It is interesting that your position - women need to behave more modestly, because men have a problem - is essentially the same as that advocated by culture warriors who would prefer women barefoot in the kitchen. Both arguments express an essentially patriarchal, anti-sex, authoritarian worldview, one which ultimately harms and dehumanizes women more than it helps them.
In the abstract, Michael_45's argument is: you need to change the way you behave because some people can't handle it. Either because it makes them uncomfortable, or because it "incites" them to violence.
There are a lot of arguments - many related to sex or nudity - that take this form: women should wear burqas, because men can't be trusted; homosexual couples shouldn't be affectionate in public; women shouldn't breastfeed in public; women who dress in sexy clothes are asking to be assaulted.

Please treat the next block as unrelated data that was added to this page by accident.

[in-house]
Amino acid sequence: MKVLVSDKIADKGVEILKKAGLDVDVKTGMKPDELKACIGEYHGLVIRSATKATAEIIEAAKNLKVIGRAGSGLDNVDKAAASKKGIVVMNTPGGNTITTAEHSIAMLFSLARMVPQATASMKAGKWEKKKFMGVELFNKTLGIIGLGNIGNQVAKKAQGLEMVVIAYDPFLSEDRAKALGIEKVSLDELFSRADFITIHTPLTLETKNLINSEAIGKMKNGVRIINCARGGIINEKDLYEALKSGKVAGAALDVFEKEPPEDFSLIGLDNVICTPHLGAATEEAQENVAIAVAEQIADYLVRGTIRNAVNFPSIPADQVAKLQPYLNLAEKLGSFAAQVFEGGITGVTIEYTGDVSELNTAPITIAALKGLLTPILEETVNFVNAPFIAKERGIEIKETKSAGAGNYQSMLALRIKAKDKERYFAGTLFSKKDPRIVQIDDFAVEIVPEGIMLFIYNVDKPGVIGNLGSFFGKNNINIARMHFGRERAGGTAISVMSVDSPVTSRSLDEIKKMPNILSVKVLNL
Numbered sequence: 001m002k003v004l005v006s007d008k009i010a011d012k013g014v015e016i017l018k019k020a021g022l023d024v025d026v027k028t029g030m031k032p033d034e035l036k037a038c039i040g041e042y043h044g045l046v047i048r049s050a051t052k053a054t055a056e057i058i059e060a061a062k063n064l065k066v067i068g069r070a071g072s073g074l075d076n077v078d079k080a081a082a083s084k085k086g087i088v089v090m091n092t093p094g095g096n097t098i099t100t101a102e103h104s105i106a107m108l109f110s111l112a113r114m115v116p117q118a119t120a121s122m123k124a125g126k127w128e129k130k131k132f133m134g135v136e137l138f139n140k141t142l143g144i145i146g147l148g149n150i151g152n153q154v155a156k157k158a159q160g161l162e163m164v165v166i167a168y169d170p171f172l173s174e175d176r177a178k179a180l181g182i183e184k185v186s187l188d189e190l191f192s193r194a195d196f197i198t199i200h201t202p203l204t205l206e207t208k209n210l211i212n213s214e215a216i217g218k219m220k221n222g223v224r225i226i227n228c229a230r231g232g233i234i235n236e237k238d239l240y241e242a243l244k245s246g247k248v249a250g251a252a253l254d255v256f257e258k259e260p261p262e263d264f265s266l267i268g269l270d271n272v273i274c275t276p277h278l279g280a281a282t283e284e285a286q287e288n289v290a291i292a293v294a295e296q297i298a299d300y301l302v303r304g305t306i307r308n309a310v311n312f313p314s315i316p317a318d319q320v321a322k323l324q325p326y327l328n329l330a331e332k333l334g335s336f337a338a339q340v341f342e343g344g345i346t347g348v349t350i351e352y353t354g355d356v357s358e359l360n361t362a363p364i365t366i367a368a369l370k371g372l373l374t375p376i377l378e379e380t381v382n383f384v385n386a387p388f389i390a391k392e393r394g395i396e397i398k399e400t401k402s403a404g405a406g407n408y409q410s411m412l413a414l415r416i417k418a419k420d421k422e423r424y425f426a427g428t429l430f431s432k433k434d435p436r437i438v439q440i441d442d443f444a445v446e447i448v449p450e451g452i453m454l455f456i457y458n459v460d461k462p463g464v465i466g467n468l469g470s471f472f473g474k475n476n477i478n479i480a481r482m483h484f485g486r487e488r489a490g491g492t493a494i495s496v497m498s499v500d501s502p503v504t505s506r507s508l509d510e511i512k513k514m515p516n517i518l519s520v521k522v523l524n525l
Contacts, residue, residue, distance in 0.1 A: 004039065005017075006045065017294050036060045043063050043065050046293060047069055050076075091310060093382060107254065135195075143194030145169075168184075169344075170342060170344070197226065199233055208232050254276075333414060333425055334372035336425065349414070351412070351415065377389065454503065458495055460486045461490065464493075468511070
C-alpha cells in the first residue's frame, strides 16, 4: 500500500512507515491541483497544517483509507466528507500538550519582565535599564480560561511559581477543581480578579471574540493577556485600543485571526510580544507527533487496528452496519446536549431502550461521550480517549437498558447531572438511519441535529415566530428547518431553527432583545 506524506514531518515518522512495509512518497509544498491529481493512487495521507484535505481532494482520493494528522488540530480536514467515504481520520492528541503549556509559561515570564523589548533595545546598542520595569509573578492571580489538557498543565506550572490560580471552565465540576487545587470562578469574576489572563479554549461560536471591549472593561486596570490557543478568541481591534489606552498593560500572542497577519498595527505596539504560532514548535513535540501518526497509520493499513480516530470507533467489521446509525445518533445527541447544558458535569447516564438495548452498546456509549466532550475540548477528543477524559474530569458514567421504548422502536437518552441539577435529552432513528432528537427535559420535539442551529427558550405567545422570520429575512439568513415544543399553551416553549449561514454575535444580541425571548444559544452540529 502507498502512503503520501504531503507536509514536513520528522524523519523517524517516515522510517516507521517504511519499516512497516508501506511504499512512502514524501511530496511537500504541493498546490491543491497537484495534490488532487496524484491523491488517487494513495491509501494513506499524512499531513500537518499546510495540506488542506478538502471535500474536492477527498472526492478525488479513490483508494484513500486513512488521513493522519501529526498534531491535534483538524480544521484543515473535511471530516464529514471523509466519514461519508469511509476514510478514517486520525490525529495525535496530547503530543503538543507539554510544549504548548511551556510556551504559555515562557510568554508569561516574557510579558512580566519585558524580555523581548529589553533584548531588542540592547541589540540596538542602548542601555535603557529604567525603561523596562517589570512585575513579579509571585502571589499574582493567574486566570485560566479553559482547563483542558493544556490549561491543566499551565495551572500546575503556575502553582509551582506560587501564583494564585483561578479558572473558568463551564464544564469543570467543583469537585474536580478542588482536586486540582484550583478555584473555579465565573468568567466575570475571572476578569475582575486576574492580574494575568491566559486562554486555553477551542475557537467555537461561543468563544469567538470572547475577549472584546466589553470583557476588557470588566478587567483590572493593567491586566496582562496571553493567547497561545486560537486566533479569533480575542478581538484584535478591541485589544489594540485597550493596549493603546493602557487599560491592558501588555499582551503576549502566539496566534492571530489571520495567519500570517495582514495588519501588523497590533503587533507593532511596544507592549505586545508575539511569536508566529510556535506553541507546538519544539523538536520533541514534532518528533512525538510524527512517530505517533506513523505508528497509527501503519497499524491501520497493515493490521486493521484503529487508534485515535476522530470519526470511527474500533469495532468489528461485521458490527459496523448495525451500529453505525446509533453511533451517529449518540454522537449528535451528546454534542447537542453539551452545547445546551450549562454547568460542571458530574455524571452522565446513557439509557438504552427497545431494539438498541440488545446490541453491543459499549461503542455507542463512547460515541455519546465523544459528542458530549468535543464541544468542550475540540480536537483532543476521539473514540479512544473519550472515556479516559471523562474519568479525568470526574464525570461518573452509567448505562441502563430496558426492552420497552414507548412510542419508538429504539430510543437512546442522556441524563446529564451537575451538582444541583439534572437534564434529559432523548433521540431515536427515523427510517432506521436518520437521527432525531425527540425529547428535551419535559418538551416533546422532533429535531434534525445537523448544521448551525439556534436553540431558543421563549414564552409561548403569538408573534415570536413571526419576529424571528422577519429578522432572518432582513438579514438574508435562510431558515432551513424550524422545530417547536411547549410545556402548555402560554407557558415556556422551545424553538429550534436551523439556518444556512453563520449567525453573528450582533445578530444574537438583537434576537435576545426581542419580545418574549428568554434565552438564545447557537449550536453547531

I have yet to come across a single instance of this argument that is not essentially about blaming the victim; Michael_45's argument is no exception. His argument is demeaning and infantilizing to women, who must be protected, and who are not allowed to express themselves as sexual beings without risking all of womankind. The argument is also demeaning to MEN, who are so animalistic that they can't control themselves, and who too simple minded to understand that women can be both sexy and human beings at the same time.
The argument in its general form is authoritarian misanthropy (usually, misogyny). Michael_45's version is in addition deeply ironic, because it argues that we ought to pursue human rights (freedom from sexual assault, equality of all people) by giving up other human rights (freedom of sexual expression, personal expression). Apparently, Michael_45 feels we need to burn down the village of women's free expression, in order to save it.
On a separate note, Michael_45's specific hypothesis - that overt depictions of female sexuality in the media are likely to lead to greater society wide rates of sexual assault - is easily falsified by most countries in Western Europe, where images of nude women are common in tabloids and in commercials on network TV. Western Europe, where rates of sexual assault are lower than in the US; where access to contraception and reproductive healthcare is better; where there are much lower rates of teen pregnancy compared to the US.
Good thing we're not more like those heathens.